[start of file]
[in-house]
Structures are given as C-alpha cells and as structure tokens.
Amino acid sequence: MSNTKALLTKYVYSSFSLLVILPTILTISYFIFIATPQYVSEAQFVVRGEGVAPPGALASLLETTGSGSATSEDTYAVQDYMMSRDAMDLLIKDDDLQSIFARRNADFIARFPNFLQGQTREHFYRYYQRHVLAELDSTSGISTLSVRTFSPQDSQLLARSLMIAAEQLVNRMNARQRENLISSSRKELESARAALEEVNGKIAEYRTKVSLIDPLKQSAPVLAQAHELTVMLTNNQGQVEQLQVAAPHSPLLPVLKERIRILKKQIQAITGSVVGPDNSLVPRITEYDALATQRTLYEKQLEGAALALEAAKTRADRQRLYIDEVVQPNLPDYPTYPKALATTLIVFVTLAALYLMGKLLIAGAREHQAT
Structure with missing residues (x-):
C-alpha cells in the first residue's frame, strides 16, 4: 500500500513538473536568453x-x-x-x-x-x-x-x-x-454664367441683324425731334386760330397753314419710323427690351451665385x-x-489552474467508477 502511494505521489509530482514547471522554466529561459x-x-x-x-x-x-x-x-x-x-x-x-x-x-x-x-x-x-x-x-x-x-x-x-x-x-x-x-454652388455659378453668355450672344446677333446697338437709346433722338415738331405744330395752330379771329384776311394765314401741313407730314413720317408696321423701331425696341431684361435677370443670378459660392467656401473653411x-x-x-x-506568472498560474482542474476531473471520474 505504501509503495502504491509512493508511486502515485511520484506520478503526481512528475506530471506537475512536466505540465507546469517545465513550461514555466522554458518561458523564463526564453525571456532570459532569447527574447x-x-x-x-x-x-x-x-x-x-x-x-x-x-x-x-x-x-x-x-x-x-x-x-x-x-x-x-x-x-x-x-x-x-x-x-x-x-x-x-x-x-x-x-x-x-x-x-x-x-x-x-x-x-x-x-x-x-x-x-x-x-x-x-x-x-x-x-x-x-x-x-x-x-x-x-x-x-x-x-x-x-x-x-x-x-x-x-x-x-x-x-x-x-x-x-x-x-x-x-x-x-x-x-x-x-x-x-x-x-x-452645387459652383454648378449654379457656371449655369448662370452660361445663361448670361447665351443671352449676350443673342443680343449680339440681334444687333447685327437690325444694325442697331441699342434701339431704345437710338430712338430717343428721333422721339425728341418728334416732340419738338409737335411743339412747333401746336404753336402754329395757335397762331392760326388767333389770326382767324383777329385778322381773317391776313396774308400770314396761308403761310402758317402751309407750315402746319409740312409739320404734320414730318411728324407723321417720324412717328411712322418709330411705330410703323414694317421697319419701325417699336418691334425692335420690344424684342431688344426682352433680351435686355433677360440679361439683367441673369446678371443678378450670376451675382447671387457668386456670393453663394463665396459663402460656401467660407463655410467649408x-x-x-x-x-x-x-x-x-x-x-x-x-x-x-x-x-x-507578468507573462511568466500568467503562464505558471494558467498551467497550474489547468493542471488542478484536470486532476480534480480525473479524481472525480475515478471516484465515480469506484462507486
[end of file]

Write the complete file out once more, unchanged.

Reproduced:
[in-house]
Structures are given as C-alpha cells and as structure tokens.
Amino acid sequence: MSNTKALLTKYVYSSFSLLVILPTILTISYFIFIATPQYVSEAQFVVRGEGVAPPGALASLLETTGSGSATSEDTYAVQDYMMSRDAMDLLIKDDDLQSIFARRNADFIARFPNFLQGQTREHFYRYYQRHVLAELDSTSGISTLSVRTFSPQDSQLLARSLMIAAEQLVNRMNARQRENLISSSRKELESARAALEEVNGKIAEYRTKVSLIDPLKQSAPVLAQAHELTVMLTNNQGQVEQLQVAAPHSPLLPVLKERIRILKKQIQAITGSVVGPDNSLVPRITEYDALATQRTLYEKQLEGAALALEAAKTRADRQRLYIDEVVQPNLPDYPTYPKALATTLIVFVTLAALYLMGKLLIAGAREHQAT
Structure with missing residues (x-):
C-alpha cells in the first residue's frame, strides 16, 4: 500500500513538473536568453x-x-x-x-x-x-x-x-x-454664367441683324425731334386760330397753314419710323427690351451665385x-x-489552474467508477 502511494505521489509530482514547471522554466529561459x-x-x-x-x-x-x-x-x-x-x-x-x-x-x-x-x-x-x-x-x-x-x-x-x-x-x-x-454652388455659378453668355450672344446677333446697338437709346433722338415738331405744330395752330379771329384776311394765314401741313407730314413720317408696321423701331425696341431684361435677370443670378459660392467656401473653411x-x-x-x-506568472498560474482542474476531473471520474 505504501509503495502504491509512493508511486502515485511520484506520478503526481512528475506530471506537475512536466505540465507546469517545465513550461514555466522554458518561458523564463526564453525571456532570459532569447527574447x-x-x-x-x-x-x-x-x-x-x-x-x-x-x-x-x-x-x-x-x-x-x-x-x-x-x-x-x-x-x-x-x-x-x-x-x-x-x-x-x-x-x-x-x-x-x-x-x-x-x-x-x-x-x-x-x-x-x-x-x-x-x-x-x-x-x-x-x-x-x-x-x-x-x-x-x-x-x-x-x-x-x-x-x-x-x-x-x-x-x-x-x-x-x-x-x-x-x-x-x-x-x-x-x-x-x-x-x-x-x-452645387459652383454648378449654379457656371449655369448662370452660361445663361448670361447665351443671352449676350443673342443680343449680339440681334444687333447685327437690325444694325442697331441699342434701339431704345437710338430712338430717343428721333422721339425728341418728334416732340419738338409737335411743339412747333401746336404753336402754329395757335397762331392760326388767333389770326382767324383777329385778322381773317391776313396774308400770314396761308403761310402758317402751309407750315402746319409740312409739320404734320414730318411728324407723321417720324412717328411712322418709330411705330410703323414694317421697319419701325417699336418691334425692335420690344424684342431688344426682352433680351435686355433677360440679361439683367441673369446678371443678378450670376451675382447671387457668386456670393453663394463665396459663402460656401467660407463655410467649408x-x-x-x-x-x-x-x-x-x-x-x-x-x-x-x-x-x-507578468507573462511568466500568467503562464505558471494558467498551467497550474489547468493542471488542478484536470486532476480534480480525473479524481472525480475515478471516484465515480469506484462507486